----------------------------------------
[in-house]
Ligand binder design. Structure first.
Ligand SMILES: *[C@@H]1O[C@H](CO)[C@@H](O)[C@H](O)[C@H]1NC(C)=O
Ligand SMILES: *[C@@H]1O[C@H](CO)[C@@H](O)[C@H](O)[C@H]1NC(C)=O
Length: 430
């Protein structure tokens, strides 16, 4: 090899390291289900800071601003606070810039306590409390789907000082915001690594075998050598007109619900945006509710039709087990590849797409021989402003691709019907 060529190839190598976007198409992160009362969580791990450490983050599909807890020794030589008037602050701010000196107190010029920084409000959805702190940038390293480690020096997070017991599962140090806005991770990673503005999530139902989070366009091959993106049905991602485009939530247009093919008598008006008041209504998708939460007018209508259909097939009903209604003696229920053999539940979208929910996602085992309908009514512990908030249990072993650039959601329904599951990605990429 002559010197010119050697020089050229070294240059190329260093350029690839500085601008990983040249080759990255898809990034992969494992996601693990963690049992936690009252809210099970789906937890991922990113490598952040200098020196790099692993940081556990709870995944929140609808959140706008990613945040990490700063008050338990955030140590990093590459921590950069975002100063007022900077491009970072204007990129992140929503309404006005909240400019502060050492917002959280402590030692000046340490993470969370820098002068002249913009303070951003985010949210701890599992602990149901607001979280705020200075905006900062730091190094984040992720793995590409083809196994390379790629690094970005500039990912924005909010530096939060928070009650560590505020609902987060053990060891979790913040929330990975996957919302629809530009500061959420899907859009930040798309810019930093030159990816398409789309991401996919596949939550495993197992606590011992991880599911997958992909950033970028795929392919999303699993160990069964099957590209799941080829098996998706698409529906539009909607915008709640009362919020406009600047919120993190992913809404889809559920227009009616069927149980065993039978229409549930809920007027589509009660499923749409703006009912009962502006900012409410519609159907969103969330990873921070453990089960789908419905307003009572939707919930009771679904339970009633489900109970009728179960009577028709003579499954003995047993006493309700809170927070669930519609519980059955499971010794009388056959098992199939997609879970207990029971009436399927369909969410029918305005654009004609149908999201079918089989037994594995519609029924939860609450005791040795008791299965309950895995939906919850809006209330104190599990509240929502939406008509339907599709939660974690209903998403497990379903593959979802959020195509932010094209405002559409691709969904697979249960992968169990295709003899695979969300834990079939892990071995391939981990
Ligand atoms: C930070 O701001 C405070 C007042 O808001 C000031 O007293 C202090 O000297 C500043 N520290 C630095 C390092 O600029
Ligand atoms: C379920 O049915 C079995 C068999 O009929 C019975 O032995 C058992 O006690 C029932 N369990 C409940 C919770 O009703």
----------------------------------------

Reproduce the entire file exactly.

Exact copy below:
[in-house]
Ligand binder design. Structure first.
Ligand SMILES: *[C@@H]1O[C@H](CO)[C@@H](O)[C@H](O)[C@H]1NC(C)=O
Ligand SMILES: *[C@@H]1O[C@H](CO)[C@@H](O)[C@H](O)[C@H]1NC(C)=O
Length: 430
């Protein structure tokens, strides 16, 4: 090899390291289900800071601003606070810039306590409390789907000082915001690594075998050598007109619900945006509710039709087990590849797409021989402003691709019907 060529190839190598976007198409992160009362969580791990450490983050599909807890020794030589008037602050701010000196107190010029920084409000959805702190940038390293480690020096997070017991599962140090806005991770990673503005999530139902989070366009091959993106049905991602485009939530247009093919008598008006008041209504998708939460007018209508259909097939009903209604003696229920053999539940979208929910996602085992309908009514512990908030249990072993650039959601329904599951990605990429 002559010197010119050697020089050229070294240059190329260093350029690839500085601008990983040249080759990255898809990034992969494992996601693990963690049992936690009252809210099970789906937890991922990113490598952040200098020196790099692993940081556990709870995944929140609808959140706008990613945040990490700063008050338990955030140590990093590459921590950069975002100063007022900077491009970072204007990129992140929503309404006005909240400019502060050492917002959280402590030692000046340490993470969370820098002068002249913009303070951003985010949210701890599992602990149901607001979280705020200075905006900062730091190094984040992720793995590409083809196994390379790629690094970005500039990912924005909010530096939060928070009650560590505020609902987060053990060891979790913040929330990975996957919302629809530009500061959420899907859009930040798309810019930093030159990816398409789309991401996919596949939550495993197992606590011992991880599911997958992909950033970028795929392919999303699993160990069964099957590209799941080829098996998706698409529906539009909607915008709640009362919020406009600047919120993190992913809404889809559920227009009616069927149980065993039978229409549930809920007027589509009660499923749409703006009912009962502006900012409410519609159907969103969330990873921070453990089960789908419905307003009572939707919930009771679904339970009633489900109970009728179960009577028709003579499954003995047993006493309700809170927070669930519609519980059955499971010794009388056959098992199939997609879970207990029971009436399927369909969410029918305005654009004609149908999201079918089989037994594995519609029924939860609450005791040795008791299965309950895995939906919850809006209330104190599990509240929502939406008509339907599709939660974690209903998403497990379903593959979802959020195509932010094209405002559409691709969904697979249960992968169990295709003899695979969300834990079939892990071995391939981990
Ligand atoms: C930070 O701001 C405070 C007042 O808001 C000031 O007293 C202090 O000297 C500043 N520290 C630095 C390092 O600029
Ligand atoms: C379920 O049915 C079995 C068999 O009929 C019975 O032995 C058992 O006690 C029932 N369990 C409940 C919770 O009703």